Congratulations! You just received a promotion. The selection process was very competitive and several of your peers in the company were also in the running. Some of those peers are now on your team, but that’s okay because they are all happy for you and want to help you succeed.
Well, maybe not all of them. Actually, in realville where you actually live, at least one, and probably more, of your former peers will harbor some resentment, wondering, “Why not me? I think I am more qualified.”
One of the most difficult leadership challenges is transitioning from peer to supervisor. You are now responsible for the same people who last week were associates and friends. Here are five actions which will help you pass this first leadership test.
- Accept that you are now the supervisor. You have new responsibilities and will begin to see things from a different perspective. You will have to make decisions others may not like and your own supervisor is expecting you to seize the responsibilities of your new position.
- It is not necessary to set aside friendships, but you must reject friendship as a factor in making decisions. Such perceived favoritism will cause even more resentment throughout you team.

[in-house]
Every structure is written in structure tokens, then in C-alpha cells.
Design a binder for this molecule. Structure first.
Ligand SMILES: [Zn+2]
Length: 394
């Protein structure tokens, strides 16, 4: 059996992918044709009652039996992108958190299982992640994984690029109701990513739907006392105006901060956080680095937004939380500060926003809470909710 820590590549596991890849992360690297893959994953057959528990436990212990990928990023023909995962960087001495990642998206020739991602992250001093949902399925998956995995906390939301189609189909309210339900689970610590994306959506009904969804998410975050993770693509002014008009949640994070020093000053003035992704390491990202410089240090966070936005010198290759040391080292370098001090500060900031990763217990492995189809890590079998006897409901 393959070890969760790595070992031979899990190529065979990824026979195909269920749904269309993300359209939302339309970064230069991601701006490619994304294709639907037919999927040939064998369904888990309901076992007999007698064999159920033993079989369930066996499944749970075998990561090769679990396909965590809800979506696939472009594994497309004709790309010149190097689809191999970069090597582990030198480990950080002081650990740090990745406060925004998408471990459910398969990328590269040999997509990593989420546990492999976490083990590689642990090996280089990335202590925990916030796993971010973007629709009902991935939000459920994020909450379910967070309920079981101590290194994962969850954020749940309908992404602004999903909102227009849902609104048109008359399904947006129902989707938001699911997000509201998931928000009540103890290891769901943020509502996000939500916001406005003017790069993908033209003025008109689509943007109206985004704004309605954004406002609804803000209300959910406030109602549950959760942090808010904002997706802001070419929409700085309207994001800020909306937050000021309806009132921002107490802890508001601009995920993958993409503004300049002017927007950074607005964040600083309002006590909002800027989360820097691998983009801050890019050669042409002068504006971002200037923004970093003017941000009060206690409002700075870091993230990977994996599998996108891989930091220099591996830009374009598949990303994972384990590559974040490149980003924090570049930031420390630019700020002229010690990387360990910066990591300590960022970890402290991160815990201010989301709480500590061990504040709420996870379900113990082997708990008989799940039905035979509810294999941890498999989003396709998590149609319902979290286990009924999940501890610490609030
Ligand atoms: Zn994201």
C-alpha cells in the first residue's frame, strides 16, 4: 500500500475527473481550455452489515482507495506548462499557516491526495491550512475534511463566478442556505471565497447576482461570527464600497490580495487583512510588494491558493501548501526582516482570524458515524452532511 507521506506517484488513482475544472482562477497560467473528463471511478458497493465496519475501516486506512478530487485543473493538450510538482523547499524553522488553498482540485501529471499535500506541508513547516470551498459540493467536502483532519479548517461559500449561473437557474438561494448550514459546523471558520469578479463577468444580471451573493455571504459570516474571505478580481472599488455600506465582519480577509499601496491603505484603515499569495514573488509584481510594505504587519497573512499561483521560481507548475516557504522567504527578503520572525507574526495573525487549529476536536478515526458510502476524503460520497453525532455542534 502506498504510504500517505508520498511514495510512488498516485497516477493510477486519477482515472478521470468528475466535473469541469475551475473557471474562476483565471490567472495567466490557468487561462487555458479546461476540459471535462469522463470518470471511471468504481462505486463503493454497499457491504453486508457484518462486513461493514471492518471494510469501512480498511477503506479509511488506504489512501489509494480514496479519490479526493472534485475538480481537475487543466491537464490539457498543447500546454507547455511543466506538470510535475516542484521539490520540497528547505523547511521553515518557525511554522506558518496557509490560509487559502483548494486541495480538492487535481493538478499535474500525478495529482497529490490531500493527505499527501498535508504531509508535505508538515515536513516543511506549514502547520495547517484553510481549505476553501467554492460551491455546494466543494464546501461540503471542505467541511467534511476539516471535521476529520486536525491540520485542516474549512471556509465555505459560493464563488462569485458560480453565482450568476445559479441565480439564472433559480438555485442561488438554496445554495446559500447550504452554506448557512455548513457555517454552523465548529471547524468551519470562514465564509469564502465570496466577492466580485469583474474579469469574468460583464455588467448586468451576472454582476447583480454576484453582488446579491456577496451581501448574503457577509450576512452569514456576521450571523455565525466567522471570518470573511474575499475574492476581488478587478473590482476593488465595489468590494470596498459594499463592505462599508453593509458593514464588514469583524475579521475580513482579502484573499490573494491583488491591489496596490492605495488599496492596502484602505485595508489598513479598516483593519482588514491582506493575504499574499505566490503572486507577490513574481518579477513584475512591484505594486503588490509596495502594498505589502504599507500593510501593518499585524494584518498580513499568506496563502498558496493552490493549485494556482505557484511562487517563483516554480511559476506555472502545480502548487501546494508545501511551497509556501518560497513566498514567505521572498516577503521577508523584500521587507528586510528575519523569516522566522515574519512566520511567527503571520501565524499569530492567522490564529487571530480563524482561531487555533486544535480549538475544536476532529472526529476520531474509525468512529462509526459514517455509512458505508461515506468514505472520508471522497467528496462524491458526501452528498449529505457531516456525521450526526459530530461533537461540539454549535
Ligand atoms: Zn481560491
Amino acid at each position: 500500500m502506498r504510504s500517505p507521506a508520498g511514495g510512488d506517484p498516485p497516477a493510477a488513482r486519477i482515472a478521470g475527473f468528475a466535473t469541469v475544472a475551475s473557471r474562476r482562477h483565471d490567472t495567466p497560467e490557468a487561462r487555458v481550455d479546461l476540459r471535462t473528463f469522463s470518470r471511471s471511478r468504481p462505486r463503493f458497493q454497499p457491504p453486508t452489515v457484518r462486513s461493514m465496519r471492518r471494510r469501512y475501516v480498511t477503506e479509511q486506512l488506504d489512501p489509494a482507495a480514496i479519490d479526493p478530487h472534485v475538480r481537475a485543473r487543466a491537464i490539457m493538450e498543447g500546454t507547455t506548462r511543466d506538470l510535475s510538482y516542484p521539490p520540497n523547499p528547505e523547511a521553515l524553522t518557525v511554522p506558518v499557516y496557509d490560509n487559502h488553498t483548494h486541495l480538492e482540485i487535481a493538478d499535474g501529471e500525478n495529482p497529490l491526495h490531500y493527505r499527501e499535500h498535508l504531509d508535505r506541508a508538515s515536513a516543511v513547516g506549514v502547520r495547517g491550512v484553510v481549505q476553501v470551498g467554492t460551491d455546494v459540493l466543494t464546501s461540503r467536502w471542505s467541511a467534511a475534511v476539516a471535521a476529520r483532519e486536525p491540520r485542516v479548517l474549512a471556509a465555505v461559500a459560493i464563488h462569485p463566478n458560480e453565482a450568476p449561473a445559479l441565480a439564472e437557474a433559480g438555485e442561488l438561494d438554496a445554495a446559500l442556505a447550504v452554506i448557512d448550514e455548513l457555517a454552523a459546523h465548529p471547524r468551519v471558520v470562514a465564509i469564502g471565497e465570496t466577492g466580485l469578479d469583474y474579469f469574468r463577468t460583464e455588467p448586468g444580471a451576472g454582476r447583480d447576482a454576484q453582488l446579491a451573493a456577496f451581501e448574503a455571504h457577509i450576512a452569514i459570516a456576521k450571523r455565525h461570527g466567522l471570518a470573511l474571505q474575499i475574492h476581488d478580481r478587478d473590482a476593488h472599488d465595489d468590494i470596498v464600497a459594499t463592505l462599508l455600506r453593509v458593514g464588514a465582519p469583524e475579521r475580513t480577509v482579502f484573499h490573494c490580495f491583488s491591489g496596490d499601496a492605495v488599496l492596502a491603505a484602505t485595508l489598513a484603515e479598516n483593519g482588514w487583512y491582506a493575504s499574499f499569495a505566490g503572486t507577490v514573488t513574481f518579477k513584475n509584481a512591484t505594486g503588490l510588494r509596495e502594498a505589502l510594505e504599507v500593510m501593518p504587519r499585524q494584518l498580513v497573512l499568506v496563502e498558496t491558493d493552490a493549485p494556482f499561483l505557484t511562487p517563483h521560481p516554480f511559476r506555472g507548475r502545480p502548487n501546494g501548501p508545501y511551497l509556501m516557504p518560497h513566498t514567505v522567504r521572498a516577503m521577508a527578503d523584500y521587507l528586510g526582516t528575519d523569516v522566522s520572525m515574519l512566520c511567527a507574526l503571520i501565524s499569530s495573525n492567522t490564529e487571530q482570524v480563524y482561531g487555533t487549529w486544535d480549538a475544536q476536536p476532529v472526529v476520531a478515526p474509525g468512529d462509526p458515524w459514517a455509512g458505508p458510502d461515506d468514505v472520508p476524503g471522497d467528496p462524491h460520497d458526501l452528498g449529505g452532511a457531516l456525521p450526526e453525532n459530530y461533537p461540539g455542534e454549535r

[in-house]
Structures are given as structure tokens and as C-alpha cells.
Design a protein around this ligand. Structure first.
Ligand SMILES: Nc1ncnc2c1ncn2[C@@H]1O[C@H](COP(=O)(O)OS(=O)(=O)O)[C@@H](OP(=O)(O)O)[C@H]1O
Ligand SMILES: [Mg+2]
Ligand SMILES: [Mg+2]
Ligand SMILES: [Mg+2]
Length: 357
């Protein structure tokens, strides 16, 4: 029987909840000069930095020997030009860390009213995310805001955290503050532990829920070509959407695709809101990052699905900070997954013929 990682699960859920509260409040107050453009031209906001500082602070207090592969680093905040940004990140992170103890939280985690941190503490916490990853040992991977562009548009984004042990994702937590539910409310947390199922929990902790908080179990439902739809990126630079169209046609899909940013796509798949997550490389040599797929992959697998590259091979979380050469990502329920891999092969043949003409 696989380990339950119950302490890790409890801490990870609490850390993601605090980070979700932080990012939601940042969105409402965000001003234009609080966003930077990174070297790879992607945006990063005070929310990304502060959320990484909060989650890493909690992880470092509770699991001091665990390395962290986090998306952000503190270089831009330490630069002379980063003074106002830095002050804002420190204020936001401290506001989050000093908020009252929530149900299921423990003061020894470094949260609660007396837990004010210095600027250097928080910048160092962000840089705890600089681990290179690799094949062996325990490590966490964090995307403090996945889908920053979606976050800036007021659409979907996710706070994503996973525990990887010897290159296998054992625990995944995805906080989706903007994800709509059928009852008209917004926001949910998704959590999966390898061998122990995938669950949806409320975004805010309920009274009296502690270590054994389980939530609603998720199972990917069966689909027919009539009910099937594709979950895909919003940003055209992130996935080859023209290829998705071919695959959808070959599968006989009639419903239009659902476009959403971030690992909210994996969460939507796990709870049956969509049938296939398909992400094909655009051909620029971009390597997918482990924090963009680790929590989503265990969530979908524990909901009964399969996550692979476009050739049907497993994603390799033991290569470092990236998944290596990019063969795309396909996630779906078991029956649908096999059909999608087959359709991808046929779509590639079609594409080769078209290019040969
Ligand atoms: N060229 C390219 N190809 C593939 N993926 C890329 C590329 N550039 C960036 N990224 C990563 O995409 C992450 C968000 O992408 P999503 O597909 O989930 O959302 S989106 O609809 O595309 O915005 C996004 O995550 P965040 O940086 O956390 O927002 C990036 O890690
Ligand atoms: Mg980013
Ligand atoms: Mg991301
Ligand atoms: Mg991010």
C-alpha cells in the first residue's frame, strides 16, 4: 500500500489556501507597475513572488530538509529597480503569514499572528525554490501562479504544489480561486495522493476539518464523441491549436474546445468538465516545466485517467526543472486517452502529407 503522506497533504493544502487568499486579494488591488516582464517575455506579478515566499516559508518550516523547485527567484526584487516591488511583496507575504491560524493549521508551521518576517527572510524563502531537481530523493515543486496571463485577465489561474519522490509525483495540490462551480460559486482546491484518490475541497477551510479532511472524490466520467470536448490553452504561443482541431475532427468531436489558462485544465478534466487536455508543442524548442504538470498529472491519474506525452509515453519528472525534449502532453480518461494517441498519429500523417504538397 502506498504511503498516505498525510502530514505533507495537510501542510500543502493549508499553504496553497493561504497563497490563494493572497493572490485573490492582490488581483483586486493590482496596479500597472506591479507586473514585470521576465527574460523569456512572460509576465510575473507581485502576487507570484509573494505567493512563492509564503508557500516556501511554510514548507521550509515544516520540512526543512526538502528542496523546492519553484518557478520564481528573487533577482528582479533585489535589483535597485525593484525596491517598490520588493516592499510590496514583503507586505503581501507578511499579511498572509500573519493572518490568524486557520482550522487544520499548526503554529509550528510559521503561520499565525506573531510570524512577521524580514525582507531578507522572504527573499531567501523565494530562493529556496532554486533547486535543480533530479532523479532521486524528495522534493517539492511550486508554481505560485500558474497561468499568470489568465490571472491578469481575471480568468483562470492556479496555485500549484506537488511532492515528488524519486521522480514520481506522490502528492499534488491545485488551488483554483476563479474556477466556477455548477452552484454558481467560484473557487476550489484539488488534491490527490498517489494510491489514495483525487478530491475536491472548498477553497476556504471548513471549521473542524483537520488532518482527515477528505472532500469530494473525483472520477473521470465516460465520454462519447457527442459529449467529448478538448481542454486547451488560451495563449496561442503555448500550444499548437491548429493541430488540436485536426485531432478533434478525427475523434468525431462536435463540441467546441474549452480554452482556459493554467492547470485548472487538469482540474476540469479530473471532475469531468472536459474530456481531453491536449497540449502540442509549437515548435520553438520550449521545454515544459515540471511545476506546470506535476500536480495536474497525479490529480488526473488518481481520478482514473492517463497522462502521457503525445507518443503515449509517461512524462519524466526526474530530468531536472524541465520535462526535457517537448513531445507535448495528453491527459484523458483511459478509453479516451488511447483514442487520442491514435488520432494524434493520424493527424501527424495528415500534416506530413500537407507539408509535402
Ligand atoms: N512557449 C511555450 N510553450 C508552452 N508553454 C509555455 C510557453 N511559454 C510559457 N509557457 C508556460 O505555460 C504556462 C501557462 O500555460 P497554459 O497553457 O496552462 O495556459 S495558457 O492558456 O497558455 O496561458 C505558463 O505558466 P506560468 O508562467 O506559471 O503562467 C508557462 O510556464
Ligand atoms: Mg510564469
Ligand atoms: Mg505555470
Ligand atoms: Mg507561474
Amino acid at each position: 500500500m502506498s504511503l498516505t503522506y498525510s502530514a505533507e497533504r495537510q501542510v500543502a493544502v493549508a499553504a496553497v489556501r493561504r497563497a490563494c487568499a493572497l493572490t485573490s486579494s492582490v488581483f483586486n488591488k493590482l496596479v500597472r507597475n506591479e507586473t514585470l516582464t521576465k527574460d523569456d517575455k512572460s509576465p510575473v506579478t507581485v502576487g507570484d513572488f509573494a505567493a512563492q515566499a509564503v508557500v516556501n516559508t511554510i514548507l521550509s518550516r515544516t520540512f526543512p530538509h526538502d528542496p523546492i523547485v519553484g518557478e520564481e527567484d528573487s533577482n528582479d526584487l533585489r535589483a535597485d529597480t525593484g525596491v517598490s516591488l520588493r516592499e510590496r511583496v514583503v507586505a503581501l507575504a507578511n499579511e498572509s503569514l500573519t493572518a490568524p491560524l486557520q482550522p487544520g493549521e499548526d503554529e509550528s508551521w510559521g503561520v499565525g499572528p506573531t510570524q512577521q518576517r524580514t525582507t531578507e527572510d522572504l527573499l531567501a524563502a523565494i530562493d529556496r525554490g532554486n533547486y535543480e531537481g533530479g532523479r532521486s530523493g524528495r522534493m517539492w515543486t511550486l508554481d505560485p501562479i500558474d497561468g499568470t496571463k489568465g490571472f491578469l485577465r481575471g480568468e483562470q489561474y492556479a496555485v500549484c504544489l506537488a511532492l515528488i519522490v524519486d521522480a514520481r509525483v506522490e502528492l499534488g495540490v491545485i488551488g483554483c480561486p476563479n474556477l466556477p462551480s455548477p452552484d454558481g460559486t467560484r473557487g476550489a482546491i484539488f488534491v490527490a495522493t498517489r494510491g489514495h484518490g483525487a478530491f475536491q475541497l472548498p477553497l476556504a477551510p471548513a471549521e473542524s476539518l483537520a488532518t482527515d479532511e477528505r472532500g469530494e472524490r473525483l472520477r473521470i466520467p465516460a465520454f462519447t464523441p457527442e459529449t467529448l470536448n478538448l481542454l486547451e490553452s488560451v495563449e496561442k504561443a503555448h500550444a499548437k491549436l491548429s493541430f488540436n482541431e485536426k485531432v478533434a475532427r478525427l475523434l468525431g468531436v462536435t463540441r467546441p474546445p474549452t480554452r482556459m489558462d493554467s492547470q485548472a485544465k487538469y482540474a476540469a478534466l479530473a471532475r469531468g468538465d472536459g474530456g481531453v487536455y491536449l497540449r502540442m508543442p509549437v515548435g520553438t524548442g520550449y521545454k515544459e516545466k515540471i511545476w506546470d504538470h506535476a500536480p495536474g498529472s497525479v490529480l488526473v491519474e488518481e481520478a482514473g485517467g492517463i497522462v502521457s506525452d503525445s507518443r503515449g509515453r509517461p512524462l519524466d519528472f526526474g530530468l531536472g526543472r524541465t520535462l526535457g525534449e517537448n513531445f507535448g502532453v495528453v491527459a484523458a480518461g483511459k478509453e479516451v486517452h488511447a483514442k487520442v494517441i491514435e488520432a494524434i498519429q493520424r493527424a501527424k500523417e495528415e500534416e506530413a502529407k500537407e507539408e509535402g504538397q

- Accept that not all your former peers want you to succeed. Some will be sure that your promotion was somehow unfair and they should be sitting in your chair. Some will grumble and begrudge you your position; others will actively work to help you fail. Meet this head on. Try a private conversation gently emphasizing that you will not allow the team to fail. Remember, it’s not about you, it’s about the team.
- Don’t go whining to the boss. Your supervisor has put his or her confidence in you and expects you to handle this challenge. Running to the boss the first time this situation arises will not build confidence in your leadership ability.
- Accept your new responsibility with grace and humility. The, “I’m the new boss and you’re not” approach will not help you succeed. At the same time you must take the reins and lead. A lack of positive leadership, even with your former peers, will lead to failure. Start from day one with the attitude that it’s all about the team and not about you.
Leading your new team is a challenge but your boss believes you can handle it. Prove the boss right.